Birgrit is a draftsman, studying to be an architect, and she likes the Americans she has met, but she doesn't like the mood here at the beginning of the 1980s. And she says flatly that she fears the United States as much as she fears the Soviets.

"The Russians are bullies," the German woman said. "But why do you let them bully you? Why do you let them bully you into making bigger and bigger weapons that someday you will have to use? I am afraid that you will start the war because you seem so afraid.

"Everything you do is too big. Our response to the Russians is too big, your cars are too big, your houses are too big. As long as you keep building things too big, and as long as you let the Russians keep you afraid, it is my mark that will really get bigger and your dollar that will get smaller."

Pomberger listened, glanced out across the vastness of the Grand Canyon, and offered the opinion that "a lot of Americans think more about what they want to have than what they want to be. Americans will be happier if they think more about what to be."

An old Japanese man, Fujimar Kita of Yokohama, stood near the edge of the conversation and finally interrupted.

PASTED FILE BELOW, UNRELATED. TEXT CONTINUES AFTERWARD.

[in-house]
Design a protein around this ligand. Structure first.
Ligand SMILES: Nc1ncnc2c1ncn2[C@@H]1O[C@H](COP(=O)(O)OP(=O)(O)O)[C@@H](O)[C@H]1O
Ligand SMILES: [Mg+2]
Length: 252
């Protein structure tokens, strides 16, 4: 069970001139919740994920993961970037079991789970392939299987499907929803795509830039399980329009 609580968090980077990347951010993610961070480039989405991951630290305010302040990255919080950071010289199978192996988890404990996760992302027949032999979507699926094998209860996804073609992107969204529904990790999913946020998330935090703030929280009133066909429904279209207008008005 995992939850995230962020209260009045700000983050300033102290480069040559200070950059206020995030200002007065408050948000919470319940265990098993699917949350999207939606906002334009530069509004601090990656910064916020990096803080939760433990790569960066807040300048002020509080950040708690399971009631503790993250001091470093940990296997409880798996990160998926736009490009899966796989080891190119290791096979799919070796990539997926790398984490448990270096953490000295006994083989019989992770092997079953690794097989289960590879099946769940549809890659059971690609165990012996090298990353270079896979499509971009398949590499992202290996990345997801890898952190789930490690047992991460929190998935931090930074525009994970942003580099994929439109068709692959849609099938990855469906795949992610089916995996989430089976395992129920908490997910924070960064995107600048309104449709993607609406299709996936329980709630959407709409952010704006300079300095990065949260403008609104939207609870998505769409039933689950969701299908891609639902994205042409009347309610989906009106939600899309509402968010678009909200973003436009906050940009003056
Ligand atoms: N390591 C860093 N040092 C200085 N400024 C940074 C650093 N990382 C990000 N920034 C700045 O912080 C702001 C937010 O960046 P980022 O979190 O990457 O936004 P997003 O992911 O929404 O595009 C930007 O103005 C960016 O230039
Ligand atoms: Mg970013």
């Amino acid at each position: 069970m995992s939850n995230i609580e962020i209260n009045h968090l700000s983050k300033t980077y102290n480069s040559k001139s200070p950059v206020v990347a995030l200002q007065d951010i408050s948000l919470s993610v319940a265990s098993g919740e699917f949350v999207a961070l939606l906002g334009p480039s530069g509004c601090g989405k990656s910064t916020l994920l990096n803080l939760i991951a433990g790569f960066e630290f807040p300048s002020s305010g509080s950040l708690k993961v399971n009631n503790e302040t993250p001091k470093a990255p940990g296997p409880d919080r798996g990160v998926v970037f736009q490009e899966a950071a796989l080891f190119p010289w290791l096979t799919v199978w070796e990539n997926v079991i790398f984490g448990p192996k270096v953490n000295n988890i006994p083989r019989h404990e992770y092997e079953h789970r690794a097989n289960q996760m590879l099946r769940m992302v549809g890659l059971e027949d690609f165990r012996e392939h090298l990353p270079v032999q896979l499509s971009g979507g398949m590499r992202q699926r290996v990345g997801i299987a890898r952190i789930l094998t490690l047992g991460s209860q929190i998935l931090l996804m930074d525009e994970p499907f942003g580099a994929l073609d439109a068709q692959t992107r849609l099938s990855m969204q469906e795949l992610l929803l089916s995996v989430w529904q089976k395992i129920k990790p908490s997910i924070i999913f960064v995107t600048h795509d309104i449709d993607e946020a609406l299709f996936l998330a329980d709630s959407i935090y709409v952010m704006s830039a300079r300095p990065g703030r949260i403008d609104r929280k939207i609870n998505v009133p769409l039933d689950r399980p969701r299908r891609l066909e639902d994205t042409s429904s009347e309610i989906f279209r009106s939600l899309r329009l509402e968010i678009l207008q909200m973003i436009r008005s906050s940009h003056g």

"We like it that you are the fortress for our country," Kita said. "You build the weapons while we build the cameras and the autos and the televisions."

Kita was making his first visit to the United States at age 67. He had seen the skyscrapers of New York, the powerful government sprawl of Washington and the wide open spaces of the West.

"But I will tell you," the old Japanese said,"about the happiest people I have seen in America. They are the Dutch, the how do you say, the Amish, in Pennsylvania. They have no cars, neither yours nor ours."

Pomberger grinned. He looked again into the endless canyon, where multicolored strata of rock measure incomprehensible time, two billion years of the earth's history exposed to his gaze, all of man's history no more than a boulder or so, the American Century no more than a pebble.

"You want everything American to be as big as your canyon," Pomberger said. "You need time to find who you are and what you are to be."

The next morning, after Pomberger moved on, a three-year-old American girl rushed into the Canyon Edge Dining Room for breakfast in the old Santa Fe Railroad hotel, the El Tovar. She ran to the window for her first look at her country's greatest natural wonder, surely the grandest and biggest thing she had ever seen.

"Is that America?" she excitedly asked her father. Her father nodded, then continued with his bacon and eggs, which he thought were a bit high-priced for his American dollars in the summer of 1980.